The orders also autho­rize state and local enforce­ment offi­cials to do the work of immi­gra­tion offi­cers. Crit­ics have long argued that such a set­up under­mines trust between com­mu­ni­ties and police and leads to less safe cities, with some res­i­dents hes­i­tant to report crimes for fear of inter­act­ing with police. John Sandweg, a for­mer ICE direc­tor, told Politi­co that Trump’s order to dep­u­tize police as immi­gra­tion offi­cers is going to sweep up a lot of fam­i­lies, a lot of folks who have chil­dren, a lot of folks who have been here a long time.”

But it is the orders’ direc­tive about the wall that has gar­nered the most atten­tion and crit­i­cism (until it was super­seded by out­rage over the refugee and Mus­lim-focused ban). The orders, which prompt­ed Mex­i­can Pres­i­dent Enrique Peña Nieto to can­cel a planned trip to the White House, direct Sec­re­tary of Home­land Secu­ri­ty John Kel­ly to imme­di­ate­ly plan, design, and con­struct a phys­i­cal wall along the south­ern border.”

Cal­i­for­nia Demo­c­ra­t­ic Sen. Dianne Fein­stein issued a state­ment call­ing the exec­u­tive actions unclear,” say­ing they won’t help fix our immi­gra­tion sys­tem.” In 2006, how­ev­er, Fein­stein, joined by Demo­c­ra­t­ic Sens. Chuck Schumer, Hilary Clin­ton, and then-Sen. Barack Oba­ma, vot­ed for the Secure Fence Act, which Trump’s order- ref­er­ences, and which autho­rized the con­struc­tion of 700 miles of new walls and fenc­ing along the U.S.-Mexico bor­der. Also, notably, the Oba­ma admin­is­tra­tion deport­ed 2.7 mil­lion people.

The lan­guage of Trump’s pres­i­den­cy, as evoked by his exec­u­tive orders, is much in line with the blus­ter and ven­om of his cam­paign, except now there are actu­al — and dev­as­tat­ing — con­se­quences. The pre­am­ble to one of the orders states Ille­gal immi­gra­tion presents a clear and present dan­ger to the inter­ests of the Unit­ed States.” Clear and present dan­ger” is a legal term used by the Supreme Court to deter­mine when it is per­mis­si­ble to lim­it free speech, and is not used to describe a kinet­ic threat (espe­cial­ly when there is none) or a rise in immigration.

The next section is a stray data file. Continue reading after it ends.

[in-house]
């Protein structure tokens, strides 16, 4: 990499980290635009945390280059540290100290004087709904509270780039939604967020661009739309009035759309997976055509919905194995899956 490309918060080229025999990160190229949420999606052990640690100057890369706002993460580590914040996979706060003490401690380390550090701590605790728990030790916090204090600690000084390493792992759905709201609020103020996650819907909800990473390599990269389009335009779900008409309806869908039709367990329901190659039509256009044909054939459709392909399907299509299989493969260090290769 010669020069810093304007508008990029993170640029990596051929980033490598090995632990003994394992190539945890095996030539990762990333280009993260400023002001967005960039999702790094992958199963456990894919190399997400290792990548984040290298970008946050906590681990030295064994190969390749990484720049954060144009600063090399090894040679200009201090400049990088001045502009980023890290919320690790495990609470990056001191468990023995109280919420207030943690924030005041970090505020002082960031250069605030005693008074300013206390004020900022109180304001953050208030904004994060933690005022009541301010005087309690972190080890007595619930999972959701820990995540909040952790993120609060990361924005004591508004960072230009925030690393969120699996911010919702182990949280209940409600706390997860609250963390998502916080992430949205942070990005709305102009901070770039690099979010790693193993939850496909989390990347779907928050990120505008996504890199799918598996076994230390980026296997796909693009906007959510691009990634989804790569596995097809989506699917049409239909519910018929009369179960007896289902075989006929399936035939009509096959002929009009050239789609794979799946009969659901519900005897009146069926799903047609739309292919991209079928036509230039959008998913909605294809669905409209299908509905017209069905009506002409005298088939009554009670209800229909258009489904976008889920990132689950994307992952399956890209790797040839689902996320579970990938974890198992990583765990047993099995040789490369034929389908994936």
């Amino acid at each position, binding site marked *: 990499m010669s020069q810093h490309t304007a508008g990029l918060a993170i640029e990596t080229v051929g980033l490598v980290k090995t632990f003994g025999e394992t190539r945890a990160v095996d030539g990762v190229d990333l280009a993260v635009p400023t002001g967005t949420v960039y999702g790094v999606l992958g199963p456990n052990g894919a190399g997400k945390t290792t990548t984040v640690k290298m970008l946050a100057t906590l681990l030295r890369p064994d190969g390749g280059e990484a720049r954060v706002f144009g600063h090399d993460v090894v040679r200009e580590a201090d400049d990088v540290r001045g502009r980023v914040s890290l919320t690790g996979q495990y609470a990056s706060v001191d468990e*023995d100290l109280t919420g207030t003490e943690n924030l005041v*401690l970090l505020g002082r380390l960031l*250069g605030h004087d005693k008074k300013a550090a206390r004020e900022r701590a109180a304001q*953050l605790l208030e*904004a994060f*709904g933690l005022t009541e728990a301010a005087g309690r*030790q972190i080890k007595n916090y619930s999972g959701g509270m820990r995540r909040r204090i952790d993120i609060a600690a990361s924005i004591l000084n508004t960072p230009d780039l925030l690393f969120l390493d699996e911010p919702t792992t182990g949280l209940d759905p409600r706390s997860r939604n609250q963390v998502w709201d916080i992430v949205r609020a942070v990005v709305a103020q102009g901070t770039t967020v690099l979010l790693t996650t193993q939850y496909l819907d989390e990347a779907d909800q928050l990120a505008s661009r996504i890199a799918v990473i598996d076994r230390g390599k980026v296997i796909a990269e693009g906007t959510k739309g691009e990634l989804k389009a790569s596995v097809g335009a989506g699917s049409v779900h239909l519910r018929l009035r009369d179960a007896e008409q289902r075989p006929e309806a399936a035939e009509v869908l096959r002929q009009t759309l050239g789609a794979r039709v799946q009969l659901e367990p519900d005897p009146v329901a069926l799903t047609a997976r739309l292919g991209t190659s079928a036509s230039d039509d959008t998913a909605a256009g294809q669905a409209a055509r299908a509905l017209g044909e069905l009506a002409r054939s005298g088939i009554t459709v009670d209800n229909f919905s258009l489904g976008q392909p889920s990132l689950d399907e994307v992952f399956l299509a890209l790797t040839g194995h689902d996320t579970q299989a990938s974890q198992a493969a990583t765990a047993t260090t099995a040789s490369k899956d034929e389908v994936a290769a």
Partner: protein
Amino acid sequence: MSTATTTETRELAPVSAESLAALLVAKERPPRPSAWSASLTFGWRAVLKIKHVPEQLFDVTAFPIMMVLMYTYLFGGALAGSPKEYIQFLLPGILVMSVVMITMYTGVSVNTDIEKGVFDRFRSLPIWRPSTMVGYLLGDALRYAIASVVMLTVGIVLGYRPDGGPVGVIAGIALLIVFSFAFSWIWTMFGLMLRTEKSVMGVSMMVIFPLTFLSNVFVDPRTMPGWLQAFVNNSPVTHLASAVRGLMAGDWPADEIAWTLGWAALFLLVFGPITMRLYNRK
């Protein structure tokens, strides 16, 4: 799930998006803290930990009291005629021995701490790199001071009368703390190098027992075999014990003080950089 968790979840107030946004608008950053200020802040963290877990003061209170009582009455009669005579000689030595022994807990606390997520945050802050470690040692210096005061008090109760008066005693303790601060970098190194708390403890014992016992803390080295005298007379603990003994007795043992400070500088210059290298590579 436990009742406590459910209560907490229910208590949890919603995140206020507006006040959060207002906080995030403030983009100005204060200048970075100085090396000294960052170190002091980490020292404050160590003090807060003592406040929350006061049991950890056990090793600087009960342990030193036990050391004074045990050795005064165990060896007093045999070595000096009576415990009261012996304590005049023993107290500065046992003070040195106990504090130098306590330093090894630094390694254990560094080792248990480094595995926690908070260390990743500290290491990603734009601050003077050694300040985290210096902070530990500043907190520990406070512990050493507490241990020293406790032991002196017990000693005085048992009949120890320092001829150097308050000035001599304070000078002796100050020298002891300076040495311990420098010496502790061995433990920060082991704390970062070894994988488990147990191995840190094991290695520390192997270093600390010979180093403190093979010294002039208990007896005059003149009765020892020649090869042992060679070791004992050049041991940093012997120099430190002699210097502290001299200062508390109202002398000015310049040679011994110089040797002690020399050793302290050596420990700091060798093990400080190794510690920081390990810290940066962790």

The Sier­ra Club was among the many orga­ni­za­tions to oppose Trump’s exec­u­tive orders, stat­ing: Like a hotel with his name in gold above the door, Trump’s Mex­i­can bor­der wall would be an ugly mon­u­ment to his ego. It will cost bil­lions in U.S. tax­pay­er dol­lars, while caus­ing flood­ing, and harm to bor­der com­mu­ni­ties and wildlife.”

[The] same walls that are fun­nel­ing peo­ple to their deaths are the walls that are impact­ing wildlife and pro­tect­ed land­scapes,” said Dan Mil­lis, bor­der­lands pro­gram coor­di­na­tor with the Sier­ra Club’s Grand Canyon Chapter.

Though the exec­u­tive orders are just a first step, GOP law­mak­ers have already sig­naled that they will autho­rize between $12 and $15 bil­lion dol­lars for wall con­struc­tion. Though con­cert­ed efforts of resis­tance could scare Trump and his admin­is­tra­tion into backpedal­ing, pro­tec­tion and advo­ca­cy net­works are dig­ging in for a pro­tract­ed fight.

Peo­ple and the envi­ron­ment,” Mil­lis said, will pay the ulti­mate price.”

John Wash­ing­ton is a writer based in Ari­zona. He is the co-trans­la­tor of A His­to­ry of Vio­lence (Ver­so, 2016), by Sal­vado­ran author Óscar Mar­tinez. Fol­low him on Twit­ter at @EndDeportations.
Subscribe and Save 66%

Less than $1.67 an issue